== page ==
Encyclopedia of the Exquisite: An Anecdotal History of Elegant Delights (Hardcover)
Taking a cue from the exotic encyclopedias of the sixteenth century, which brimmed with mysterious artifacts, Jessica Kerwin Jenkins’s Encyclopedia of the Exquisite focuses on the elegant, the rare, the commonplace, and the delightful. A compendium of style, it merges whimsy and practicality, traipsing through the fine arts and the worlds of fashion, food, travel, home, garden, and beauty.
Each entry features several engaging anecdotes, illuminating the curious past of each enduring source of beauty. Subjects covered include the explosive history of champagne; the art of lounging on a divan; the emergence of “frillies,” the first lacy, racy lingerie; the ancient uses of sweet-smelling saffron; the wild riot incited by the appearance of London’s first top hat; Julia Child’s tip for cooking the perfect omelet; the polarizing practice of wearing red lipstick during World War II; Louis XIV’s fondness for the luscious Bartlett pear; the Indian origin of badminton; Parliament’s 1650 attempt to suppress Europe’s beauty mark fad; the evolution of the Japanese kimono; the pilgrimage of Central Park’s Egyptian obelisk; and the fanciful thrill of dining alfresco.
Cleverly illustrated, Encyclopedia of the Exquisite is an ode to life’s plenty, from the extravagant to the eccentric. It is a celebration of luxury that doesn’t necessarily require money.
"A delightful ode to everyday elegance that brims with tales showing how beauty can be found in the most unlikely places. Encyclopedia of the Exquisite has the potential to make our lives that much more interesting. It left me truly inspired."
—Sarah Jessica Parker
"A beautifully researched and written book. Every story — whether on the origins of badminton or the art of Renaissance sotleties — is fascinating and inspiring. I kept turning the page, wanting to learn more."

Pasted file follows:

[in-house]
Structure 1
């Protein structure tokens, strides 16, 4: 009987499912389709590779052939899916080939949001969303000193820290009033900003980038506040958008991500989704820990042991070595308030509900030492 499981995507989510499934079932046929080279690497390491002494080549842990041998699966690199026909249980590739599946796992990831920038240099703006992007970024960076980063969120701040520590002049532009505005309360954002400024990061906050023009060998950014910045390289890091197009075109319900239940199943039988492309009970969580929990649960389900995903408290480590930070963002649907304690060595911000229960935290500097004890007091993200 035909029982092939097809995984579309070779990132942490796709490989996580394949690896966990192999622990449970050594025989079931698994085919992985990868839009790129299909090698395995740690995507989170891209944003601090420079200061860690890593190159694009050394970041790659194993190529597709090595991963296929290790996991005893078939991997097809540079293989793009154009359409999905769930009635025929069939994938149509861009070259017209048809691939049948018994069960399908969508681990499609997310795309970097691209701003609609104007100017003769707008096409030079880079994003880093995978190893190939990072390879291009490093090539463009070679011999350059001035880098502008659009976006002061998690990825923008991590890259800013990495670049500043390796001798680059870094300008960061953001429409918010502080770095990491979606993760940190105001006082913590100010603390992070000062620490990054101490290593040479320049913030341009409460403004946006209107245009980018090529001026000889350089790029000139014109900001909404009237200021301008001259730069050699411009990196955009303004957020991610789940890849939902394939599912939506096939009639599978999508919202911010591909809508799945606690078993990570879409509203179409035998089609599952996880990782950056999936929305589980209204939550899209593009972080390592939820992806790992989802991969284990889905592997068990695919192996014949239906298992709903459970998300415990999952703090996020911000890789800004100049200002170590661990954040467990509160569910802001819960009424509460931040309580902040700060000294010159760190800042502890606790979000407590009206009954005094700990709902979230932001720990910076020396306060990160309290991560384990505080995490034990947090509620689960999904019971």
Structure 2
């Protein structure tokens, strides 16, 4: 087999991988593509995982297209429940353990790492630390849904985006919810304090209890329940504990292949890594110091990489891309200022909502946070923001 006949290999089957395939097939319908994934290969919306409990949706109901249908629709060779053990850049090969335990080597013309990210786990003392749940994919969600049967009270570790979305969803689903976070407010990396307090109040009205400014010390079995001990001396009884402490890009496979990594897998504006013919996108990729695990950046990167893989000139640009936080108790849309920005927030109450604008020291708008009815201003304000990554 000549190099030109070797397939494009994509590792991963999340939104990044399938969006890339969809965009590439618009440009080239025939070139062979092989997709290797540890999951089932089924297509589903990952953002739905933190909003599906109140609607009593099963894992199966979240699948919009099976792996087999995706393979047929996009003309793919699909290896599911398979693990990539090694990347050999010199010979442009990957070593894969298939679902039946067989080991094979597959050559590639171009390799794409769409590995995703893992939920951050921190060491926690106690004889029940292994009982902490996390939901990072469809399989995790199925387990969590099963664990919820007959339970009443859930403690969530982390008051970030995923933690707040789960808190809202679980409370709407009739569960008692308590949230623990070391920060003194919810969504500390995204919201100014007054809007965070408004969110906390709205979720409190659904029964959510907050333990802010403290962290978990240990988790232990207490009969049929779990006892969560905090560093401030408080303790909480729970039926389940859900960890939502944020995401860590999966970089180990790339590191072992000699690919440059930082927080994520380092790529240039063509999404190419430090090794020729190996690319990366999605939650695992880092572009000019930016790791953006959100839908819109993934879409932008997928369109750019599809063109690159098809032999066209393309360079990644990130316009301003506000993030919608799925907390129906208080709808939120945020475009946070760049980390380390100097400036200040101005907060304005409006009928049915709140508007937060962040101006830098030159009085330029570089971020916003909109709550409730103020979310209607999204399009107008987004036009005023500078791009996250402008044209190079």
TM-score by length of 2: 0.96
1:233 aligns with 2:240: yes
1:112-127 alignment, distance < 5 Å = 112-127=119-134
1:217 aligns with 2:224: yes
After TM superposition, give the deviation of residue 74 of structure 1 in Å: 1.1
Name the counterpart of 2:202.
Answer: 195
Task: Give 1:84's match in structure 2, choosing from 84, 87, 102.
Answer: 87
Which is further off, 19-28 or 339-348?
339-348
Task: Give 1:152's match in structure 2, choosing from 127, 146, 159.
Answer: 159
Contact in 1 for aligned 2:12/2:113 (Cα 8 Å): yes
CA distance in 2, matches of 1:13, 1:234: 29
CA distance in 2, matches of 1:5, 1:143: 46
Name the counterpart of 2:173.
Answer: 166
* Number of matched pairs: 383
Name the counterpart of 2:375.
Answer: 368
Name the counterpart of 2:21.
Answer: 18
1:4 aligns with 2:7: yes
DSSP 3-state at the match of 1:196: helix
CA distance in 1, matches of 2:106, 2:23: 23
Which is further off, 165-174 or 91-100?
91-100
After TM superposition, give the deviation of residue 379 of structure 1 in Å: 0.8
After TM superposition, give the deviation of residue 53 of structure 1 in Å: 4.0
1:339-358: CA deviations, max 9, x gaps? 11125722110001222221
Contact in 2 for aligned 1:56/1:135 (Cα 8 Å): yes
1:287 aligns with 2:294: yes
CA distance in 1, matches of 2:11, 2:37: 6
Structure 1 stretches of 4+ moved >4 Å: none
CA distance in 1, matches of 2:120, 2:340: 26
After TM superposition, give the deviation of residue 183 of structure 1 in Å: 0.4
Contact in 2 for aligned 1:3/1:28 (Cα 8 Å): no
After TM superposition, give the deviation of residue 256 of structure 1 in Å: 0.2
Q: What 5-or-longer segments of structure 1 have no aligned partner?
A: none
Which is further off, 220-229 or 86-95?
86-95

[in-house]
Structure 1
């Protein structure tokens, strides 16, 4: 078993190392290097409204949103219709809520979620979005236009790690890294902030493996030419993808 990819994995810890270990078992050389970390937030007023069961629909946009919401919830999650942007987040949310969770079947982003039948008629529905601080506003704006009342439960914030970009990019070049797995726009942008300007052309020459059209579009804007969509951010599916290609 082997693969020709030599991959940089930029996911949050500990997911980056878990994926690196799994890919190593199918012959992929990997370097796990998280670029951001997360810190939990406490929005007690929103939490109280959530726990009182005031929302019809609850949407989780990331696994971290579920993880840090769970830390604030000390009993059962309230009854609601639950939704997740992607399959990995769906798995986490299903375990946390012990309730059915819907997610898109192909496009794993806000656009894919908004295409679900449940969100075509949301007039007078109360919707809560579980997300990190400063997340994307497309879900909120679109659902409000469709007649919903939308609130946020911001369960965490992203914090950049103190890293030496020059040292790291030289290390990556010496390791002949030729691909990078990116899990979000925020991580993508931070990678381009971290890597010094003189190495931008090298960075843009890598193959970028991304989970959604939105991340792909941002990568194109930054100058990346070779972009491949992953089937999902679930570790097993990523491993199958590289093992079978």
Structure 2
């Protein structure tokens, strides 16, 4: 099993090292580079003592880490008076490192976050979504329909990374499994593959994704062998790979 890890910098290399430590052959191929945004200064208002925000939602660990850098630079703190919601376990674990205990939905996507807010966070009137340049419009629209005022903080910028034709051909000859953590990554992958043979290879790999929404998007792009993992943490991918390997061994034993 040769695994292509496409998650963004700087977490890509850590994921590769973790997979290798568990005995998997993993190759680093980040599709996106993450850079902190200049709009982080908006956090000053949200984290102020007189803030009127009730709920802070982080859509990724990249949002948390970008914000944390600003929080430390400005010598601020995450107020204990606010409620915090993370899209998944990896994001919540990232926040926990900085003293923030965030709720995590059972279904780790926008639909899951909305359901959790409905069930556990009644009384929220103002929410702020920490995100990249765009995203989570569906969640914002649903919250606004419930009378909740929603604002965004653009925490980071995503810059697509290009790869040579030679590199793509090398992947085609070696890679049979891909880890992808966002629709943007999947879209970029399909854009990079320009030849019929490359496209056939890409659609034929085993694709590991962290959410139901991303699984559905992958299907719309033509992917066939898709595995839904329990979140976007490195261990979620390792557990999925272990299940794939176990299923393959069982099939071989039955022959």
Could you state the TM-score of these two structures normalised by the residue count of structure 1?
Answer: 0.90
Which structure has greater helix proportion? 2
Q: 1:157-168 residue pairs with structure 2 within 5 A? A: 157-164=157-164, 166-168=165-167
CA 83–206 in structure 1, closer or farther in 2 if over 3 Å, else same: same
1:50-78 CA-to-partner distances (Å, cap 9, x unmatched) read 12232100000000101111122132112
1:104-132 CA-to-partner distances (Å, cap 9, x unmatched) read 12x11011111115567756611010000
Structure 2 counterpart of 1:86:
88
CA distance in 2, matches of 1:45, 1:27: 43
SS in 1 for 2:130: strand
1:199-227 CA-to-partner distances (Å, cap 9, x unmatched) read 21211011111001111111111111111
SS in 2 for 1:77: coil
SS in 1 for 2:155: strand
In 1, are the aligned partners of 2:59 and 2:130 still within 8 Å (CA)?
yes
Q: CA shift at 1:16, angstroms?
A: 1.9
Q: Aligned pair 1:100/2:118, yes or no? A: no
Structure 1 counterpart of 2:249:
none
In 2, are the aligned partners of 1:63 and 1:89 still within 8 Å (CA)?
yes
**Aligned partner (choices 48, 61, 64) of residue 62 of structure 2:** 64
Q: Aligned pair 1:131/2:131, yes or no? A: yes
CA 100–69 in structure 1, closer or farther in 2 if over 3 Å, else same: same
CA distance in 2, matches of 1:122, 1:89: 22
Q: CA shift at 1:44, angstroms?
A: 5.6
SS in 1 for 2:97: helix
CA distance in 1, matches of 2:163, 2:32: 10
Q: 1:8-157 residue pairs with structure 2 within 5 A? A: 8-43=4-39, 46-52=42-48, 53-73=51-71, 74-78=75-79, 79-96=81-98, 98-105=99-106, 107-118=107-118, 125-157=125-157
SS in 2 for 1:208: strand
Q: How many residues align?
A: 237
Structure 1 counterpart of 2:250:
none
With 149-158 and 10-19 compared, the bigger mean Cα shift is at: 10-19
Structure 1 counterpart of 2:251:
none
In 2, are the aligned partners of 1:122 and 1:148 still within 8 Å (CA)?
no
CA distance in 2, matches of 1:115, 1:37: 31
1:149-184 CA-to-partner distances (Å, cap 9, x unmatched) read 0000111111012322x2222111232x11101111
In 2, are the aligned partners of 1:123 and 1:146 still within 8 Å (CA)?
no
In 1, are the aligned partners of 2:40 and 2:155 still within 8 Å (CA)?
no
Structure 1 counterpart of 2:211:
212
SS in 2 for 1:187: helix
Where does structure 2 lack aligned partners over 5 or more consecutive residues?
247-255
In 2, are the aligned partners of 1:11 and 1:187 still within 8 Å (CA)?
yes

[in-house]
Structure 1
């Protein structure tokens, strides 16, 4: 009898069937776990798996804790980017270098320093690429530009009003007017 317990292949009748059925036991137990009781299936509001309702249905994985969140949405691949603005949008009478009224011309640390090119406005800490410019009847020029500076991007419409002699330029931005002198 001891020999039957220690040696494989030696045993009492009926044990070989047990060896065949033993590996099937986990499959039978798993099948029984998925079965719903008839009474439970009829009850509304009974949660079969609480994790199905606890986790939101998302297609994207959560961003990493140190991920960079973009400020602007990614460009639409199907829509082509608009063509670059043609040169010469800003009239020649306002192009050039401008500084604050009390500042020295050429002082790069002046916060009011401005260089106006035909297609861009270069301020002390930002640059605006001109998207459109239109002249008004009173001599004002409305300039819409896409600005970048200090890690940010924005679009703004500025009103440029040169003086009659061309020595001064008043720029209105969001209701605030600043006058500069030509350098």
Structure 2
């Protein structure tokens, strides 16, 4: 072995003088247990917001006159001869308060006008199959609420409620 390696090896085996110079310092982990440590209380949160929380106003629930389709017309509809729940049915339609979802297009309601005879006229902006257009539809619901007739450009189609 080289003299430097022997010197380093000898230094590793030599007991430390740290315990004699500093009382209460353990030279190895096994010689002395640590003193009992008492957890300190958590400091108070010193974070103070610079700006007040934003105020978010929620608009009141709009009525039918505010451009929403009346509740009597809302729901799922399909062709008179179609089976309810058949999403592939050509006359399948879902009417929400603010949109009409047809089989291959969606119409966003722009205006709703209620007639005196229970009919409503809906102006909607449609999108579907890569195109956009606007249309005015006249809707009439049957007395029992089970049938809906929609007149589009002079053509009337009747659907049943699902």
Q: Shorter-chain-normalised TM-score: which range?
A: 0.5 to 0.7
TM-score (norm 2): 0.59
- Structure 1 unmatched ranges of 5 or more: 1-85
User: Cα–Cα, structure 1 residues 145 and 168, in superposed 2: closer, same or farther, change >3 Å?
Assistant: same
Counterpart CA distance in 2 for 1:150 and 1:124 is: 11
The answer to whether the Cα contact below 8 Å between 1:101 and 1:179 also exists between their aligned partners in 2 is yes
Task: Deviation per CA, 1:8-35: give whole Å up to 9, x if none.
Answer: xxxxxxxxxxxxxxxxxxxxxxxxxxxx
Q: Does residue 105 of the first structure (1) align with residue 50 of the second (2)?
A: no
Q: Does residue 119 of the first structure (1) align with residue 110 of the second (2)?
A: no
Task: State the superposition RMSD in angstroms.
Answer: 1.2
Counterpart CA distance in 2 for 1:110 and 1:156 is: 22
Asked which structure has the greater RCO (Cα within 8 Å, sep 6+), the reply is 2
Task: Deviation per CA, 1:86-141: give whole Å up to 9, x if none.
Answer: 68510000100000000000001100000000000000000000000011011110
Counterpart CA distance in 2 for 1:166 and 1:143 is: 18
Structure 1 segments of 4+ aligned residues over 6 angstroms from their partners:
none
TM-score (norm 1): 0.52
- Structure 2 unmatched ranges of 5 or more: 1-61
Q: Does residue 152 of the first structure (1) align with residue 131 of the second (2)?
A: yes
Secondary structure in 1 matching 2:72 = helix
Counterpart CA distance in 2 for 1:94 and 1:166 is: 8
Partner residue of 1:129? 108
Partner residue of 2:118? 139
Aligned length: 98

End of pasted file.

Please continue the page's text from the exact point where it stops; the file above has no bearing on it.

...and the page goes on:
"A wonderful mélange of chic and amusing tidbits — this book makes me smile."
“Jenkins’s wittily curated selection emphasizes the rare and not often considered, with a dash of Julie Andrews’s ‘favorite things’ sensibility. . . . There are enough fancies in Encyclopedia of the Exquisite to fill a castle of your own. It is a worthy trove.”
—The New York Times Book Review
“A select showcase of the unusual, the piquant and the frankly bizarre, enthusiastically researched and displayed with élan. . . . There is plenty to enlighten even the most world-weary terrestrial, not least in the form of new angles on some of our most comfortable clichés.”
—The Wall Street Journal
“Certainly one of the more unusual books you'll come upon this season, the Encyclopedia of the Exquisite is an attractive compendium of literary sketches on unusual topics that appeal to one's sense of fancy. Random, unexpected, charming—the alphabetized entries in this ‘History’ are the perfect addition to any lady's bedside table this winter.”
—The Free Lance-Star
“I admit that it was the design of this book that first led me to pick it up; I was drawn to its unconventional, squarish trim size and glittering, red-etched cover. But, once it was in my hands, this odd, precious little object had me totally absorbed. . . . Jenkins has channeled her obsession into an idiosyncratic catalogue of the good things in life: hot-air ballooning, Champagne, top hats. Each item is explicated in a vignette just a few pages long, shaded with lovely observations.”
—The New Republic
“Encyclopedia of the Exquisite lives up to its unique premise . . . interesting and entertaining. [Jenkins takes] the reader on a fanciful tour. . . . Her goal is to assemble a collection that describes beauty of all kinds, interesting, affordable and, as collections of miscellany often are, eccentric. In this she succeeds, and Encyclopedia of the Exquisite is both attractive and addictive. It is certainly catnip for the trivia-besotted, but it also is a work that can easily be read in short bursts, and reread as the whim dictates. With its accompanying rich bibliography, it also provides an excellent starting point for the further pursuit of any of its myriad topics.”
—The Denver Post
"A stylish little index of the facts you never knew you absolutely needed to know about one hundred of the most wonderful things in life—from frilly lingerie and champagne to dining al fresco to trapezes."
"This gilded, graceful book is nothing less than a miniature encyclopedia of style, exploring everything from the origins of badminton to the art of origami to Louis XIV's love of the Bartlett pear."
"A gallimaufry of curious and unusual entries, it's full of charm and erudition."